Don’t Grade Brendan Shanahan On A Curve And Tonight’s Line Combinations

Improvements to NHL Disciplinary System are Welcome But More are Still Needed

Yesterday, Greg Wyshynski and Jeff Marek, as part of their daily Puck Daddy podcast talked about how they’d grade new NHL Disciplinary Head Brendan Shanahan. Both offered qualified praise and graded him fairly well – seven and eight on a scale of ten. Guest Jesse Spector of The Sporting News also contributed an eight to the discussion. But all three made the categorical mistake of grading Shanahan for what he isn’t opposed to what he is.

What he isn’t is Colin Campbell. And that’s a good start. But a start is all it is. The institution of video explanations is excellent, as well. And we’re starting to see some greater consistency. But the primary problem that existing under Campbell remains — rulings on discipline are too subjective.

It’s an unenviable job, that Shanahan has been given. He has to balance the best interests of the game, with the marching orders from the Board of Governors. Their instructions necessarily take precedence; it’s quite literally their game. We just love it.

That’s why I give Shanahan an incomplete. He’s made progress. He’s doing things right. But I’d like to see more consistent, objective application of the rules as a starting point. Here’s a few other ways that Shanny, the League and the players can continue to improve.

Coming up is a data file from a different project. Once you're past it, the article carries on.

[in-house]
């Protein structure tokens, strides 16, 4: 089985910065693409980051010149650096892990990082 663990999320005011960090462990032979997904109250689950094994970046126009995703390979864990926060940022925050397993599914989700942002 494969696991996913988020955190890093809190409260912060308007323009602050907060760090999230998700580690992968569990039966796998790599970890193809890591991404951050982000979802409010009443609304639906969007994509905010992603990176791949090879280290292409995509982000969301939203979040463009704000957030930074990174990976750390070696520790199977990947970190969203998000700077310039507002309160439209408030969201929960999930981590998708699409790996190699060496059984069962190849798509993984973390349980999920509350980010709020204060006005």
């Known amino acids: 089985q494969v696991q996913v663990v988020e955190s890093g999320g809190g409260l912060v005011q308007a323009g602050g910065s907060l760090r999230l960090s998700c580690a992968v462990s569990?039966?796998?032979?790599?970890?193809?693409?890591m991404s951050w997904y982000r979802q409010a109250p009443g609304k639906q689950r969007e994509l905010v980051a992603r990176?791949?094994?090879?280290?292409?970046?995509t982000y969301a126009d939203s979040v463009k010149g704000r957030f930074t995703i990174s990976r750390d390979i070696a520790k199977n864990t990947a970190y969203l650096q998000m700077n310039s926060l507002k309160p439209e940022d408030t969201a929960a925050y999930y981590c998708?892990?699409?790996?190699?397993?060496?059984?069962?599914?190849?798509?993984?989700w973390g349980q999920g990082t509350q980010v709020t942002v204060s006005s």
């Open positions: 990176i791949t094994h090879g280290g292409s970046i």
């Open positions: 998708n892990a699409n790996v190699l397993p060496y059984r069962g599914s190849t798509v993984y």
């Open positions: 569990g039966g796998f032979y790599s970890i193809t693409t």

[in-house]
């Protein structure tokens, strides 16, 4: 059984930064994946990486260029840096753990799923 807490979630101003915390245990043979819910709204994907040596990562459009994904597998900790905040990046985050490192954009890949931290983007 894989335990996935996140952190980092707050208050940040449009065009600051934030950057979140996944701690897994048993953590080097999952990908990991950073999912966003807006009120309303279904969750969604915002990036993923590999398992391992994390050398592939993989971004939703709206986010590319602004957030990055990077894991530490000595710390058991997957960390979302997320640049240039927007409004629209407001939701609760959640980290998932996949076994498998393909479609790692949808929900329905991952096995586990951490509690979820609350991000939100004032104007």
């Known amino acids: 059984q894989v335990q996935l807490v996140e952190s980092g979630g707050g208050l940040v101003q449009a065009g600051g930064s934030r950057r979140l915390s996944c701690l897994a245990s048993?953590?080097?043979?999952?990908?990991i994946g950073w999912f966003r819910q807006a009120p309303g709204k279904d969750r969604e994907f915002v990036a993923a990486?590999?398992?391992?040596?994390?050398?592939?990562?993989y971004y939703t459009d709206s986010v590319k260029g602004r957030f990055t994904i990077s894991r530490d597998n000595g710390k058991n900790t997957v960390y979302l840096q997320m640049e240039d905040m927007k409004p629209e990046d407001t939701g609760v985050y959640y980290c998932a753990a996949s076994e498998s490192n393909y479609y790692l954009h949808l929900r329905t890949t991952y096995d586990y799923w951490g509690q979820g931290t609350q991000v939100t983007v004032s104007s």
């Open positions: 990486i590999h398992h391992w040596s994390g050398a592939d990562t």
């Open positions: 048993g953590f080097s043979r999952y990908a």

• An appeals system – as noted by Spector, the appeals system is what Don Fehr is used to from his baseball background. It’s likely a point the players will insist on in the next CBA.
  • Delays in punishment while injury severity is assessed – if the league wants to punish based on harm done, especially with head injuries, then taking the necessary time to evaluate the health of the injured player is necessary. Some head injuries don’t show up within the 24 hour period in which judgement is typically rendered, further muddying the standard used.
  • Additional transparency – the league suffers when P.K. Subban gets off free and clear for play that has merited suspensions, such as the elbow to David Kreijci. If a play warrants a suspension for one person, then it should warrant one for all. Prior bad acts

Below the fold, you’ll find Tonight’s Line Combinations – our compilation of links from around the NHL

Before we get to today’s lines, a sad note, courtesy our Bloguin Comrades at the New York Rangers Blog. We at Puck Drunk Love wish to extend our sincere condolences to NHL Legend Phil Esposito and his family.

Tonight’s Line Combinations

First Line

Second Line

Check Line

Energy Line

We hope you’ve enjoyed the look around the league. This may become a regular feature, so your opinion on what you’d like to see matters to us. Feel free to leave a comment.